Improving Nelder-Mead Optimization by Genetic Algorithms and Simulated Annealing concepts
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I'm using the Nelder-Mead simplex algorithm for hyperparameter optimization. It works quiet well but now I would like to develop it further. I have also tried genetic algorithms and simulated annealing and I would like to incorporate techniques from these algorithms into Nelder-Mead. My goal is to overcome the problem of local minima and/or to get faster convergence.
Does somebody have some idea how to incorporate ideas from genetic algorithms or simulated annealing into Nelder-Mead? Perhaps the simplex gradient could also be used in some way. I'm grateful for every idea.
John D'Errico on 6 Jun 2016
Edited: John D'Errico on 6 Jun 2016
Long ago (when I first learned about polytope methods), I recall being told by those who were knowledgable about Nelder-Mead that chasing the gradient tended to be a bad idea. The idea is it tends to create simplexes that are long and thin. Long thin simplexes will never be robust. So these methods tend to be better running away from a bad place than they are at running towards a good place. At least they will be more robust, more stable.
As far as the various stochastic algorithms, I don't see how you would plan on combining them with a scheme like Nelder-Mead. At least that is true of genetic algorithms, which have a very different underlying algorithm.
I suppose you might try something vaguely stochastic, where the new point is chosen by some random methodology. The issue is you need to avoid creating degenerate simplexes.
If your goal is faster convergence, I don't have serious hopes. There are several problems.
1. Nelder-Mead suffers from the curse of dimensionality. By this, you need to consider how well a simplex samples a higher dimensional space. Nelder-Mead does reasonably well in low numbers of dimensions, so 2 or 3 dimensions are no problem. But see how well a simplex samples a hyper-cube. Thus we can dissect the square (a 2-d hypercube) into 2 simplexes. A simple dissection of an n-dimensional hypercube uses factorial(n) simplexes. (There are other ways to do it, but they all scale somewhat similarly, so even faster than a pure exponential.) That means an (n+1)-simplex is a poor way to sample R^n for purposes of optimization.
2. Nelder-Mead has no accelerated convergence properties near the solution. So variations on Newton's method tend to be faster than linear when near the solution.
The point of all this is if you want faster convergence, then use a better method. There are better methods to be found, although every method will have its flaws.
Could you come up with some compromise scheme? Again, in reasonably low numbers of dimensions where Nelder-Mead will not be that obscenely poor, I suppose you might try to come up with some hybrid scheme. For example, I recall fzero is a hybrid method, that tries to have fast convergence when things are going well, but is able to avoid problems by switching methods when it sees things go bad.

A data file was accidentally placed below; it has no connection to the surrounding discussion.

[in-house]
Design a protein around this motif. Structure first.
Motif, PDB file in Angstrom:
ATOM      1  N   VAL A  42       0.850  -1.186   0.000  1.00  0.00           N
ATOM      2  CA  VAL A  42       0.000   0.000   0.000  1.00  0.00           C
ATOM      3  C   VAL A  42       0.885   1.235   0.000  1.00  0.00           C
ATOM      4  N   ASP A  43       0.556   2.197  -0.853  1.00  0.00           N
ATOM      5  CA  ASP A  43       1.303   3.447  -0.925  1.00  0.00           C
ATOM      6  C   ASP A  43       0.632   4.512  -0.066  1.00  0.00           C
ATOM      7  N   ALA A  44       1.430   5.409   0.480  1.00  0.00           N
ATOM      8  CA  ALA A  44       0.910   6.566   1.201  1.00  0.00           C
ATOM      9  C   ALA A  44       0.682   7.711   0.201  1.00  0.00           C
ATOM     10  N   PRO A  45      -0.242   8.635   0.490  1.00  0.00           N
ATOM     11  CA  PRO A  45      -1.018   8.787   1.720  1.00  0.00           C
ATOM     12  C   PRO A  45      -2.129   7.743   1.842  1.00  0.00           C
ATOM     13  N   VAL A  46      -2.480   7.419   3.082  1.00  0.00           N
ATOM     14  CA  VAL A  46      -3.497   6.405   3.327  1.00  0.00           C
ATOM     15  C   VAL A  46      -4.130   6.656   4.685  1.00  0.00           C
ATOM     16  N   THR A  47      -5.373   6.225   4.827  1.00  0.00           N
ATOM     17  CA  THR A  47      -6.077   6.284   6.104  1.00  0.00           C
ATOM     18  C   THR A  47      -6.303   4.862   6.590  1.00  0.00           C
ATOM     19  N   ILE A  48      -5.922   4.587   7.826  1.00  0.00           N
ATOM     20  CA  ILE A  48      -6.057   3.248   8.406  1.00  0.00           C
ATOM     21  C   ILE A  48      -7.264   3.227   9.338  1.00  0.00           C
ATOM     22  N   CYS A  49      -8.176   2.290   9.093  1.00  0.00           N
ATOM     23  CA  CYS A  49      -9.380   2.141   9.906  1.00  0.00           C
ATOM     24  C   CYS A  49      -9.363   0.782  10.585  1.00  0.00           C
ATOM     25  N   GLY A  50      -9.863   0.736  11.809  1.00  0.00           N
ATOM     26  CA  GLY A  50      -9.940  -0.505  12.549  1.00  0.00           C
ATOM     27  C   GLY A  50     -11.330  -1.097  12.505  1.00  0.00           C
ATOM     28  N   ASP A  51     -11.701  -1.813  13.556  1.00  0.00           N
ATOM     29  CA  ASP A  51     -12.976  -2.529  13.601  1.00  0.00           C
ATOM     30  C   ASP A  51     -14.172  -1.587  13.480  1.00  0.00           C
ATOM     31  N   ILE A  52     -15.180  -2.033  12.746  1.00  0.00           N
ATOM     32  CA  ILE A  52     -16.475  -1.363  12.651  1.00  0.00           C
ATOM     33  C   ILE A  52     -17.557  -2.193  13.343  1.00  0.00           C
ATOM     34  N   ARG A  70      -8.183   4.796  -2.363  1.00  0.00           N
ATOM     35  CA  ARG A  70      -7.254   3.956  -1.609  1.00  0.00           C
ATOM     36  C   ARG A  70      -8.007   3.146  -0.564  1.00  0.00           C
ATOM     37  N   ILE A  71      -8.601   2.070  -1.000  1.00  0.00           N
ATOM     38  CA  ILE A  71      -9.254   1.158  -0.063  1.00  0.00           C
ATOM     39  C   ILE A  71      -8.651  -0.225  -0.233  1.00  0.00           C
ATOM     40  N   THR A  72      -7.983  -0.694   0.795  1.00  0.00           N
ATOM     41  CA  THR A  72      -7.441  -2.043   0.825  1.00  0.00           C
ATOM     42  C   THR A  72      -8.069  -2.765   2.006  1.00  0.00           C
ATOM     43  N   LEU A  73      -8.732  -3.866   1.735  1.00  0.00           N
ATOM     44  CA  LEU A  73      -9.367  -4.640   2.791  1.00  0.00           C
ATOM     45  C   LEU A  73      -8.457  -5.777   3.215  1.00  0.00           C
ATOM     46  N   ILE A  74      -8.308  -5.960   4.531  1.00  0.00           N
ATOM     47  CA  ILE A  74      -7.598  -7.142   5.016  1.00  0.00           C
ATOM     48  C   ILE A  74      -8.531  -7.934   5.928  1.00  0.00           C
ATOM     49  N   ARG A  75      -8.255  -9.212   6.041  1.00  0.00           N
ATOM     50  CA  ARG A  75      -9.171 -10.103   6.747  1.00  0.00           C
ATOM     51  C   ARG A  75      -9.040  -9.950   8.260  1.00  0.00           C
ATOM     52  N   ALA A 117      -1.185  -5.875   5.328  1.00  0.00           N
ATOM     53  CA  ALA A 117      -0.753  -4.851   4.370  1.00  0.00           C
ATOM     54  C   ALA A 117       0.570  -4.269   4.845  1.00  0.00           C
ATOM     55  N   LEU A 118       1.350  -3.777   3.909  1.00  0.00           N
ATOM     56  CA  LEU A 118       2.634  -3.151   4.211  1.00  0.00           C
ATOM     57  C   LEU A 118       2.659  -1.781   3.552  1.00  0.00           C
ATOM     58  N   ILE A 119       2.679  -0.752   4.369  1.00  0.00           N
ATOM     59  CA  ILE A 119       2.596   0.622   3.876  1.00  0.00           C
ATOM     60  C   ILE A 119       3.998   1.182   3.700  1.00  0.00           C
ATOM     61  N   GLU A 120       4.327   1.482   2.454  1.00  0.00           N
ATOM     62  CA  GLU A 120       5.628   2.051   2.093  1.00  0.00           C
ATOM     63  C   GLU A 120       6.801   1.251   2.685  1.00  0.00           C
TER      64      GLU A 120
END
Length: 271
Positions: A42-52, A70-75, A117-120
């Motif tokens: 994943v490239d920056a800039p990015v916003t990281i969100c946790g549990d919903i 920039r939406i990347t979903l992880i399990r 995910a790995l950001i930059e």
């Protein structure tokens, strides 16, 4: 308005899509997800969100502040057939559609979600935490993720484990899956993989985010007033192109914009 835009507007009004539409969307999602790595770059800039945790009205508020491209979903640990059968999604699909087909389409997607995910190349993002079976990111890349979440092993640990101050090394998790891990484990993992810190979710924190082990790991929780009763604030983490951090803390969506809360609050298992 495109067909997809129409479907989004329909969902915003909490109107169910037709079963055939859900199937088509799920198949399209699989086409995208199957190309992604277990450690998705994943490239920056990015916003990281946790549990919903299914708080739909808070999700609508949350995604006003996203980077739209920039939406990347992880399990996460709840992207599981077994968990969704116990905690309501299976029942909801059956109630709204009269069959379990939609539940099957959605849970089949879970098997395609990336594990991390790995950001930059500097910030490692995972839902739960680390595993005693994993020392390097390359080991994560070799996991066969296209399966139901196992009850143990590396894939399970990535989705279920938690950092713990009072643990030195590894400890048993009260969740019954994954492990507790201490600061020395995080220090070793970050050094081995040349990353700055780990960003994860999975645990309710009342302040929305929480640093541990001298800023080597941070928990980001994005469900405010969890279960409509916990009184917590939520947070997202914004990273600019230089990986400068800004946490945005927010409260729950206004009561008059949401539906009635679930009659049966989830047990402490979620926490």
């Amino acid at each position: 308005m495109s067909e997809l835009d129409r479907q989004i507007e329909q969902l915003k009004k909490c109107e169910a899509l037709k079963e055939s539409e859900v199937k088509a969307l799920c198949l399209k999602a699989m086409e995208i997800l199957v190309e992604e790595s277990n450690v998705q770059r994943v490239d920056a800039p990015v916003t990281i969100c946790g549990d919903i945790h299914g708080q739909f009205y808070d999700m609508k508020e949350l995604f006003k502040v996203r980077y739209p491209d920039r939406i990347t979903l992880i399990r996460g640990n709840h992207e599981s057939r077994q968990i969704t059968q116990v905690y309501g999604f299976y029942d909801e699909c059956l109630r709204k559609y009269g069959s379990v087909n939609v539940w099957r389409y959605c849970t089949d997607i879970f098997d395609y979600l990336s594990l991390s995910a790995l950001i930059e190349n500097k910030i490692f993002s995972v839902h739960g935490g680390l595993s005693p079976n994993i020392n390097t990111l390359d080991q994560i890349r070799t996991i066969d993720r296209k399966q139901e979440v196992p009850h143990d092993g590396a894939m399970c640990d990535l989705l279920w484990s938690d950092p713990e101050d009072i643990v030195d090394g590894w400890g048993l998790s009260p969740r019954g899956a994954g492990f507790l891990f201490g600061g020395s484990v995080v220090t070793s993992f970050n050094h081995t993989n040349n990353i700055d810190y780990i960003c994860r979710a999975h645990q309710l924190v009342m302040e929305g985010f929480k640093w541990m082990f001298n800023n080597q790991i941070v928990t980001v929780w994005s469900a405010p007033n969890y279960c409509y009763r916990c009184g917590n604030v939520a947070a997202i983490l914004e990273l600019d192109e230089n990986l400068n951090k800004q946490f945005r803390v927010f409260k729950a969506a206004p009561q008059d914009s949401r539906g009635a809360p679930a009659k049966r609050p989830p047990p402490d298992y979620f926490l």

However, in low numbers of dimensions, a good scheme is just a multi-start method. Generate many samples that roughly cover the search space. A simple lattice or a Monte Carlo sampling is a good start. Then take the best points from those samples, and set off a rapidly convergent scheme (like Newton's method, which will be fast near a solution) from each candidate point. Apply clustering to the solutions if you wish.
The above is a rather standard methodology, although I've not done much reading about Global optimization methods for quite some years. You might be best off just using the global optimization toolbox. This is always a better approach than re-creating the wheel. At the very least, you might want to do some research on global optimization methods to learn the current state of the art.
Walter Roberson on 6 Jun 2016
simulannealbnd allows you to set a HybridFcn to be called periodically, and you can have Nelder-Mead be that hybrid method. Unfortunately, simulannealbnd() does not update its idea of where it should search based upon the results of the hybrid function: it only updates its knowledge of the global minima, so you cannot use the simplex to accelerate the search. I opened a case about this and recommended that there be an option to allow the updating of the current x, so it is in the list "for consideration" some day. In the meantime I made a private modification to my copy of the simulannealbnd routines and it has worked out relatively well for the functions I happened to test it with.
Meanwhile, over in patternsearch, if you turn CompletePoll off and set the polling next step to 'success' then you get some of the effect of a simplex search. (Note that your objective function can only be evaluated in vectorized or parallel mode if you have CompletePoll turned on, so if your function works fairly well in vectorized mode then CompletePoll might be somewhat more efficient.) Alan Weiss has posted about patternsearch a number of times and recommends it as a primary tool, but it is easy to construct surfaces that patternsearch cannot find the minima for unless you ask it to use one of the MAD* point selections algorithms (which are typically very very inefficient.)